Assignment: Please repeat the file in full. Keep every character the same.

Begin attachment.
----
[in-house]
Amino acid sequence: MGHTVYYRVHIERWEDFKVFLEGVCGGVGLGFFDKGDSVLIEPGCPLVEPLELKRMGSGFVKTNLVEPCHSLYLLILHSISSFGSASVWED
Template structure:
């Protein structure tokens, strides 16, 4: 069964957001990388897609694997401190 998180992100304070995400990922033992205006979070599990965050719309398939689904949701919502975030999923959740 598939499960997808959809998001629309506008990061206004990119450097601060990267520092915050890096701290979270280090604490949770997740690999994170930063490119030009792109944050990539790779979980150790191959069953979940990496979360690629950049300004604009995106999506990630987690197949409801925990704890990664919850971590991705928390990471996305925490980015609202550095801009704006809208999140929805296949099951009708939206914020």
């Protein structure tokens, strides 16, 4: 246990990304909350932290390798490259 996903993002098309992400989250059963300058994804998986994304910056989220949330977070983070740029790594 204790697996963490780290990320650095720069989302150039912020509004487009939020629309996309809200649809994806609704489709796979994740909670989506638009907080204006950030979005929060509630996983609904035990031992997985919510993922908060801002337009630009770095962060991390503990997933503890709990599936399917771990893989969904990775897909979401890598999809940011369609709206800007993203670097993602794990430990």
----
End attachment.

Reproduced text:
[in-house]
Amino acid sequence: MGHTVYYRVHIERWEDFKVFLEGVCGGVGLGFFDKGDSVLIEPGCPLVEPLELKRMGSGFVKTNLVEPCHSLYLLILHSISSFGSASVWED
Template structure:
């Protein structure tokens, strides 16, 4: 069964957001990388897609694997401190 998180992100304070995400990922033992205006979070599990965050719309398939689904949701919502975030999923959740 598939499960997808959809998001629309506008990061206004990119450097601060990267520092915050890096701290979270280090604490949770997740690999994170930063490119030009792109944050990539790779979980150790191959069953979940990496979360690629950049300004604009995106999506990630987690197949409801925990704890990664919850971590991705928390990471996305925490980015609202550095801009704006809208999140929805296949099951009708939206914020």
């Protein structure tokens, strides 16, 4: 246990990304909350932290390798490259 996903993002098309992400989250059963300058994804998986994304910056989220949330977070983070740029790594 204790697996963490780290990320650095720069989302150039912020509004487009939020629309996309809200649809994806609704489709796979994740909670989506638009907080204006950030979005929060509630996983609904035990031992997985919510993922908060801002337009630009770095962060991390503990997933503890709990599936399917771990893989969904990775897909979401890598999809940011369609709206800007993203670097993602794990430990």